SSA's upgrade paves way for IPv6
Agencies have until June 30 to meet the Office of Management and Budget's mandate to get their network backbones ready to handle IPv6 traffic. The Social Security Administration achieved that goal six months ago.
'We did a demonstration of our ability on Dec. 10,' said Rick Terzigni, senior adviser at the agency's Office of Telecommunications and Systems Operations. 'We're done as far as showing the capability.'
For SSA, accommodating the next generation of IP was not so much a revolution as an evolution enabled by a major network upgrade begun early in the decade.
'We got there because of the convergence of voice, data and video,' Terzigni said. SSANet is a centrally managed Multiprotocol Label Switching (MPLS) network linking about 1,800 agency sites nationwide. As a result of the upgrade, the hardware to handle IPv6 traffic was in place early. The agency also acted early to acquire IPv6 address space and joined the North American IPv6 Task Force and Moonv6 test bed network, a collaboration of the task force with the Defense Department's Joint Interoperability Test Command and the University of New Hampshire's InterOperability Laboratory.
The agency decided on a dual-stack architecture that would handle versions 4 and 6 of the protocols to avoid interruption of operations. 'That will allow us to keep on running our mission-critical applications' as new applications are developed, Terzigni said.
The network became something of a test bed for vendors and service providers, including network carriers AT&T and Verizon and equipment companies Cisco Systems, CA, IBM and Juniper Networks.
Fine-tuning equipment and software for SSA enabled vendors to put their products through their paces and ensure that they were IPv6-ready.
SSA built an isolated lab, dubbed System Zero, connected to the MPLS network core via a virtual private network and used it to perform tests with the Moonv6 network and SSANet's carriers.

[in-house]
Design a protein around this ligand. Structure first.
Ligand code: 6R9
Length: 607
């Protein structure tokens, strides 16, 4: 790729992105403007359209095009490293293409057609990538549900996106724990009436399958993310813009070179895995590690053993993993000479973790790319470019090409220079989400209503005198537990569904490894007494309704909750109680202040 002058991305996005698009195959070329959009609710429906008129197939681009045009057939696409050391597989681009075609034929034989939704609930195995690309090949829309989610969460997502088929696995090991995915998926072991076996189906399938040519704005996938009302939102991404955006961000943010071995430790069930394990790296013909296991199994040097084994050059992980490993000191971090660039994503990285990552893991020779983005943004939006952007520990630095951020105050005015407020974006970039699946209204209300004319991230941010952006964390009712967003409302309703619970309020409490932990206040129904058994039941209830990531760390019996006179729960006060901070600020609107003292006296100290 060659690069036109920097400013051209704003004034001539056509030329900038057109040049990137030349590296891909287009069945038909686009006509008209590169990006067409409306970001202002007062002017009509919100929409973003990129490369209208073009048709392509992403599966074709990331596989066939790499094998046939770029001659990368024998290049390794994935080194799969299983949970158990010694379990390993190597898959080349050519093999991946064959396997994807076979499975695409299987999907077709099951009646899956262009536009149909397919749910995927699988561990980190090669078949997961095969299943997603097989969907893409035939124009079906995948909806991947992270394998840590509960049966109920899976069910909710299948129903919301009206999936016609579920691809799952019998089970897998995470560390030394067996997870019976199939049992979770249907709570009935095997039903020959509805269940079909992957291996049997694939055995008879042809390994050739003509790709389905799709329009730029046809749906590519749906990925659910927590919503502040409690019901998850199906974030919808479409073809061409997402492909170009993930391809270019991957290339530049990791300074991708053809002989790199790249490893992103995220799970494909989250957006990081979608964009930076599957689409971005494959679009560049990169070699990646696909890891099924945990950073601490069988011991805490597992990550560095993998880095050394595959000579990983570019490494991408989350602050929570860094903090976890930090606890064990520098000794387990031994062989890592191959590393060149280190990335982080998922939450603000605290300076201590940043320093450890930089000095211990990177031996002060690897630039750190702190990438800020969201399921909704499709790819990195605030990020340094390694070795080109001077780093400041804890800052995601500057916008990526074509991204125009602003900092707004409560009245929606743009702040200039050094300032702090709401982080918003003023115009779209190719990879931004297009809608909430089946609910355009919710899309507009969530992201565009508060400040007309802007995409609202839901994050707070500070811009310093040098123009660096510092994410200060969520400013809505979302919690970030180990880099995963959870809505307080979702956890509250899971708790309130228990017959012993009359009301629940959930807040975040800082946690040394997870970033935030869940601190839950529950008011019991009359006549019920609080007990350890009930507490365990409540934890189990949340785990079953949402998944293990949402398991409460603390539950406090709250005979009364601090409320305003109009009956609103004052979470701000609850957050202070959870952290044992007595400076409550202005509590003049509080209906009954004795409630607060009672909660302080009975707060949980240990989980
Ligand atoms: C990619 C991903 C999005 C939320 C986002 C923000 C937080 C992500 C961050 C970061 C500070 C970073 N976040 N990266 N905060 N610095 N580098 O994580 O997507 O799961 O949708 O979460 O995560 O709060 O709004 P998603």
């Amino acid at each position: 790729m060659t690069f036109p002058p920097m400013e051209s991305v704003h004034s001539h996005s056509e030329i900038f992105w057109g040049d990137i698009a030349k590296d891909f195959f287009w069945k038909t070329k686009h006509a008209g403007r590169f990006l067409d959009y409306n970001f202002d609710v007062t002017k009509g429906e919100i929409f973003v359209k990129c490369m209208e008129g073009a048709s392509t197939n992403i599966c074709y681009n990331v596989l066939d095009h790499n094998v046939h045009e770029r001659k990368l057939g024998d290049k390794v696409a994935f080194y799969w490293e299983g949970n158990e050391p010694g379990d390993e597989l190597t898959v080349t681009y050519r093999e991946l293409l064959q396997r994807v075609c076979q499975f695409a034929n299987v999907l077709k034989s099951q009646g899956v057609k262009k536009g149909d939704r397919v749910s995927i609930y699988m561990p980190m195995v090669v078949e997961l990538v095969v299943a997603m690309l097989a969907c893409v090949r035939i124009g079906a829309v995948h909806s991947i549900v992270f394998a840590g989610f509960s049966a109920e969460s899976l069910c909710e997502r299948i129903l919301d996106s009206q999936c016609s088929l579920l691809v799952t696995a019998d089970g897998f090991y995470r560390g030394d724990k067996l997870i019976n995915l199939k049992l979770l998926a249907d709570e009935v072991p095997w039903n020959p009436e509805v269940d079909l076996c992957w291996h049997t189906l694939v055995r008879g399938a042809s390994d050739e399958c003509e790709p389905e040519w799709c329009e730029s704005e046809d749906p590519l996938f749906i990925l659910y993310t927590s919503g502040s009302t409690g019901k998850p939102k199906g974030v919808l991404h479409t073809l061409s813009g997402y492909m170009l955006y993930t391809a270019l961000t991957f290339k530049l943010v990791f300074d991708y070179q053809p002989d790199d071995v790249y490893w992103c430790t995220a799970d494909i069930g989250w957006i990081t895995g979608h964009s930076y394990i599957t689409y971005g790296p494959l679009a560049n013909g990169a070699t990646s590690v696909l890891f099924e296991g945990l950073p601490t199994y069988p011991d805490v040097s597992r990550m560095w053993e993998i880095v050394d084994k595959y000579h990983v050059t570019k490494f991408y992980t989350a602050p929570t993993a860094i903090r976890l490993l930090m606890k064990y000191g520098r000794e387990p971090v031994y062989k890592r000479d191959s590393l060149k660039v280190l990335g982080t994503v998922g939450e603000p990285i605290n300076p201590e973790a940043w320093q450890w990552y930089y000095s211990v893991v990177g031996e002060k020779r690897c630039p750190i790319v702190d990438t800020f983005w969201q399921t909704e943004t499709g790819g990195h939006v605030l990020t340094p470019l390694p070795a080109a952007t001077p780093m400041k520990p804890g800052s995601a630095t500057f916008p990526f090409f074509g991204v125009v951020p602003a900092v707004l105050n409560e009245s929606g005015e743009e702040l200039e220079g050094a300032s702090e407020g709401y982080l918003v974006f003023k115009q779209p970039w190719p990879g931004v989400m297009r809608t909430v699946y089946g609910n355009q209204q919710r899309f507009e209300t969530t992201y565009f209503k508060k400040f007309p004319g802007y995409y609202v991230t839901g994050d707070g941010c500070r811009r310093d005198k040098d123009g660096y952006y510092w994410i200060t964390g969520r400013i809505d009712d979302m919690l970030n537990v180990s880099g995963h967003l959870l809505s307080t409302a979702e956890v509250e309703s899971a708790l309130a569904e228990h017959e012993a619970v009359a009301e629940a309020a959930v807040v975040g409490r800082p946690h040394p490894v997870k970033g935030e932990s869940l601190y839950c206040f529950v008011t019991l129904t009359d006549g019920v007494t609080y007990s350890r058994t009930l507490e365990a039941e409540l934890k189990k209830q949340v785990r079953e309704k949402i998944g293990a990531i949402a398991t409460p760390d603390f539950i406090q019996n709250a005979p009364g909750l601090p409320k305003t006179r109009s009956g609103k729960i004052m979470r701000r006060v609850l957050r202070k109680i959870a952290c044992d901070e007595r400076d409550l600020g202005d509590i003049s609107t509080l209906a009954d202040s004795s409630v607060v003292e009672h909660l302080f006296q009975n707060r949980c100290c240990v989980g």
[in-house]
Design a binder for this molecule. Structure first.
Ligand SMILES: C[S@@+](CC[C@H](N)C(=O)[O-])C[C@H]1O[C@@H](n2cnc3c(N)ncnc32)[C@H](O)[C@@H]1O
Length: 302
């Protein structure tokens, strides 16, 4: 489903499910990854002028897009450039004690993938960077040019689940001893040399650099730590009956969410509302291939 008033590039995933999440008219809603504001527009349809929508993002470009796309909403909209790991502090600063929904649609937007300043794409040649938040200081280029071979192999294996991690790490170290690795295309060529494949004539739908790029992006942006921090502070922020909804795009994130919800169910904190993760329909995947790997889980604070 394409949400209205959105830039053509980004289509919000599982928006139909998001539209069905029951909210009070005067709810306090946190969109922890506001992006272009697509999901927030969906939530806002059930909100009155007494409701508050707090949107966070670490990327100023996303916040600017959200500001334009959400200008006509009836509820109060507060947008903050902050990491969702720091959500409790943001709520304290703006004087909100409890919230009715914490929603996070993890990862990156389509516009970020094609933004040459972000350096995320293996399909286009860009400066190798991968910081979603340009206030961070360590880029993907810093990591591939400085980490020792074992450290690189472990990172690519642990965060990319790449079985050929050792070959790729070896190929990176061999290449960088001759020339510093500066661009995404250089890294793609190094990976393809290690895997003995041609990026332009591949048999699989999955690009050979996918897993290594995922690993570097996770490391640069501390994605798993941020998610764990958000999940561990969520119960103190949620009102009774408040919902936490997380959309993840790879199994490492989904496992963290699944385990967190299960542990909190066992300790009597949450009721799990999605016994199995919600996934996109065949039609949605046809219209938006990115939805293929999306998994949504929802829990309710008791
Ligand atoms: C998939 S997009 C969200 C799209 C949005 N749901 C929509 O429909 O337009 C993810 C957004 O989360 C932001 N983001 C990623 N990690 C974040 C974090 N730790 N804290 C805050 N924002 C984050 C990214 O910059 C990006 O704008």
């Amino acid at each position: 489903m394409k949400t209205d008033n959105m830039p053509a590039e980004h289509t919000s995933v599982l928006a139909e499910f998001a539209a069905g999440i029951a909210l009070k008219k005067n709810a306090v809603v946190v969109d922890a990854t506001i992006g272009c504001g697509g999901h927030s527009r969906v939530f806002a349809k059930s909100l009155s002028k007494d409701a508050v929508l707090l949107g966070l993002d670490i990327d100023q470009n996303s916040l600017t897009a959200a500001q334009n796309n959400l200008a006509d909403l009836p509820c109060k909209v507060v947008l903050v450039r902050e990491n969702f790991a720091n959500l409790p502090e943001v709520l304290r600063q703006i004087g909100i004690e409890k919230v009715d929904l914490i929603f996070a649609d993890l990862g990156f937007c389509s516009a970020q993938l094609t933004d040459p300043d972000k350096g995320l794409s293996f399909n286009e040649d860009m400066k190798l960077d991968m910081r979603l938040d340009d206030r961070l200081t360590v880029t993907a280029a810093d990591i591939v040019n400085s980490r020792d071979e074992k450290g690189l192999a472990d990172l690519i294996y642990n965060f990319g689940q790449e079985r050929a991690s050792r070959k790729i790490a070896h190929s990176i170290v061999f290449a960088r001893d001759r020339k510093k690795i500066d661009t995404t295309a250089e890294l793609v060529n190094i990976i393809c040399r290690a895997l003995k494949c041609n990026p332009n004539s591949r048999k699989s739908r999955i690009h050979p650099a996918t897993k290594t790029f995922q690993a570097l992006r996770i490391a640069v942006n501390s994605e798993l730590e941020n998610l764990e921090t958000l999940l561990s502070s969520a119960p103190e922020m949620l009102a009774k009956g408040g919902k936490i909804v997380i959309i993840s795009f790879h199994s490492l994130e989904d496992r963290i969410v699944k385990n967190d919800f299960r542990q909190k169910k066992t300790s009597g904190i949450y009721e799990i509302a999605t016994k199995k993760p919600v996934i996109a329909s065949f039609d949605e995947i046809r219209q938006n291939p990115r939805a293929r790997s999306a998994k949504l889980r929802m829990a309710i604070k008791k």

Cisco is putting the experience to use to develop IPv6 transition guides and tools and is providing consultants to federal agencies for meeting the OMB mandate. The main message from Cisco is one of caution, said Dave West, global IPv6 leader at the company.
'We are trying to advise customers not to rush to IPv6 if they are not prepared,' West said. 'It should be a smart, methodical, proactive integration' that does not threaten day-to-day operations. 'It is easy to get to the bare-bones minimum' required by OMB, he added. 'But if you are only ready for the barebones, you haven't thought it out.'
West said he expects most, if not all, agencies to meet the OMB deadline. 'I think they will all be able to get over the June 30 bar.' However, most also are looking beyond that deadline to how they will use IPv6 in their networks. 'They seem very open and want to see how it is going to benefit them.'
But it probably will be awhile before IPv6 applications go into production on the networks, even at forward-thinking agencies such as SSA. In the first place, IPv4 is not going to disappear anytime soon, and SSANet will be dual-stack for some time.
'Our projections are 2025 or later before all IPv4 will go away,' Terzigni said.
Putting IPv6 applications to work for more than a few network management tools will require extending the capability from the backbone into the enterprise and eventually to the desktop, which will require a few more budget cycles.
'Unless we get a big influx of money, we won't see end-to-end IPv6 connectivity until 2011,' Terzigni said. 'We don't have any active IPv6 applications to date. We have a couple on our radar screens that we are researching.'